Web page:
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The Basel Committee on Banking Supervision issued its second progress report on the United States implementation of Basel III.
In December 2010, the committee released Basel III, which set higher levels for capital requirements and introduced a new global liquidity framework. It is designed ensure systemically significant banks possess enough capital to cover future risks, enhancing the regulatory framework adopted by Basel II.
The United States, the committee reported, is making little progress in that draft regulations are not even available. Large financial institutions were scheduled to start the process in 2011. However, in a race to adopt financial reform under the Dodd-Frank Act, big banks placed Basel III implementation on the sidelines, it appears.
“Draft regulation for consultation is planned during the second quarter of 2012,” the committee reported. “Basel III rulemakings in the United States must be coordinated with applicable work on implementation of the Dodd-Frank regulatory reform legislation.”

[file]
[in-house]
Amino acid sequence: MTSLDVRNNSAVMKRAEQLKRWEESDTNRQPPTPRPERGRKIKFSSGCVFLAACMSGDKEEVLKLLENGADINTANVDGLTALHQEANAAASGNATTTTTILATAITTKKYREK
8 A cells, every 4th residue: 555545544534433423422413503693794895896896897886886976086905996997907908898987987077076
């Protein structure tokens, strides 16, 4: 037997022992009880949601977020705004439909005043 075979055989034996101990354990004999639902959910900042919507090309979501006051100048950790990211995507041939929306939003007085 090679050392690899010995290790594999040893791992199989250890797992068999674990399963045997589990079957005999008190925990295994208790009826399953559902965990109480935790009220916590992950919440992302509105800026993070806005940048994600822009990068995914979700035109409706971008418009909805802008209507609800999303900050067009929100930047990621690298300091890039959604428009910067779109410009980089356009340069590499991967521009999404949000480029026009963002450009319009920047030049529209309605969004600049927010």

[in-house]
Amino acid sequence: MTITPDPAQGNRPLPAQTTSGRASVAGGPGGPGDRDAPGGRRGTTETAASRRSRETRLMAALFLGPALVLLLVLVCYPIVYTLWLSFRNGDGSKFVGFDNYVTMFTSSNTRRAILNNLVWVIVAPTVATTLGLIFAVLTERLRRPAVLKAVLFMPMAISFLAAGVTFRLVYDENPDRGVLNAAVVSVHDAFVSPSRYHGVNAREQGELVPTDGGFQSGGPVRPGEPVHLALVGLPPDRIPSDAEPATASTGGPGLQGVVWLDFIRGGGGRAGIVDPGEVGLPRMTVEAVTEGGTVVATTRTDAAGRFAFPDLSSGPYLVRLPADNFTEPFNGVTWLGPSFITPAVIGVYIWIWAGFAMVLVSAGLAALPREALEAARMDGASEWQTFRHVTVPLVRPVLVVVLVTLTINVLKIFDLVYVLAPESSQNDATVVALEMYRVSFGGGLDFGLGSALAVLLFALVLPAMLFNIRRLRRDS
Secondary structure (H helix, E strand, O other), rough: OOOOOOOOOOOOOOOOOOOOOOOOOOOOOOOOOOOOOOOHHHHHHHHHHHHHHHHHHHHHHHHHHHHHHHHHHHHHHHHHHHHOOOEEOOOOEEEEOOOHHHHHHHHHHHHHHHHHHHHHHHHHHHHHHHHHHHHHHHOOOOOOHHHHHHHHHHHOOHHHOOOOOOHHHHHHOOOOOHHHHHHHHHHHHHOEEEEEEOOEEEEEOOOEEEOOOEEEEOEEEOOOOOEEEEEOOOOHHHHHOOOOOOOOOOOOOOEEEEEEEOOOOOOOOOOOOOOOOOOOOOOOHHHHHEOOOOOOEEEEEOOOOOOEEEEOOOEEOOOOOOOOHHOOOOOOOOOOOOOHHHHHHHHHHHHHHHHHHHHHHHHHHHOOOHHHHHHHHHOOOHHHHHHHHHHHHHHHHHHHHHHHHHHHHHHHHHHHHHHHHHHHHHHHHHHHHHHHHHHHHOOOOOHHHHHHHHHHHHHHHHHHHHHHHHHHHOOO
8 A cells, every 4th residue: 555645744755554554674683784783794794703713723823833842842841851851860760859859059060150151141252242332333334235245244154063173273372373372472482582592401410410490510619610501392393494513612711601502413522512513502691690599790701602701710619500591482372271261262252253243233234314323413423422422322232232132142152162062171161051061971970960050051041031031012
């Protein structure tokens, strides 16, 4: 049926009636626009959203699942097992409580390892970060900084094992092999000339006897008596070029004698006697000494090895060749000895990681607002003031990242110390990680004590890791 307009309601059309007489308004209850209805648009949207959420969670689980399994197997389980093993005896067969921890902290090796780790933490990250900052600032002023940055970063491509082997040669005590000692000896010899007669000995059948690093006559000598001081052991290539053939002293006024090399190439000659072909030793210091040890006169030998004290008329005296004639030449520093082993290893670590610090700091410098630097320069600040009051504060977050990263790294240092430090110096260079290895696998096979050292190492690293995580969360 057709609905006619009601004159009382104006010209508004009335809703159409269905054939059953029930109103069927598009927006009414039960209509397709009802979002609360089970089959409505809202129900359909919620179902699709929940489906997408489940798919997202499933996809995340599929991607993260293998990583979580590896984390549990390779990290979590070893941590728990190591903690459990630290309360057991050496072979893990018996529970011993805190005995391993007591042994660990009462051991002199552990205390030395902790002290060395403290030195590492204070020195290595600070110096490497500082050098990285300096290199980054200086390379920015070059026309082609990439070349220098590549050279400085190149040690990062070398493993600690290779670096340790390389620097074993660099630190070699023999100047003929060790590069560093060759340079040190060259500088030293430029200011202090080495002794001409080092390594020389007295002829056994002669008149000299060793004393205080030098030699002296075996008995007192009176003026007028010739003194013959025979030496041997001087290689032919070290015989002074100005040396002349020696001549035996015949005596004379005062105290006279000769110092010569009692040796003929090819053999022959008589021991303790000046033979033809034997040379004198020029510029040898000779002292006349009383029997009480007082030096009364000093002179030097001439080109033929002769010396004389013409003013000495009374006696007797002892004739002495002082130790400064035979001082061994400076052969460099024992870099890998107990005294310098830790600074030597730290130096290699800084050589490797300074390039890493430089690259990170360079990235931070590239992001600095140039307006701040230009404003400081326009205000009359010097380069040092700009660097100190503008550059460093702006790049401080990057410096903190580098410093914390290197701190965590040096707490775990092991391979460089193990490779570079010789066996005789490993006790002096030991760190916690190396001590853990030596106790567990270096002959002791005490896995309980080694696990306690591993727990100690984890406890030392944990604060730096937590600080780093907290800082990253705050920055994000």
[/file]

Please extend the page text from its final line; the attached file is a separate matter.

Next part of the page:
Basel III’s phase-in is due to start in 2013 and be completed by January 2019.
Banks are putting aside Tier 1 capital despite no formal draft of Basel III. Similar to the Basel III proposal, the Dodd-Frank Act contains several provisions relating to capital requirements for U.S. banking institutions.
In September, Federal Housing Finance Agency said the Basel III’s capital requirement increases will result in higher mortgage rates for big banks.
"Some of the largest originators, who are market leaders in setting mortgage rates, will need to either raise the mortgage rates offered to borrowers while reducing servicing released premiums paid in order to compensate for any incremental capital required, or accept lower returns,” the agency said.
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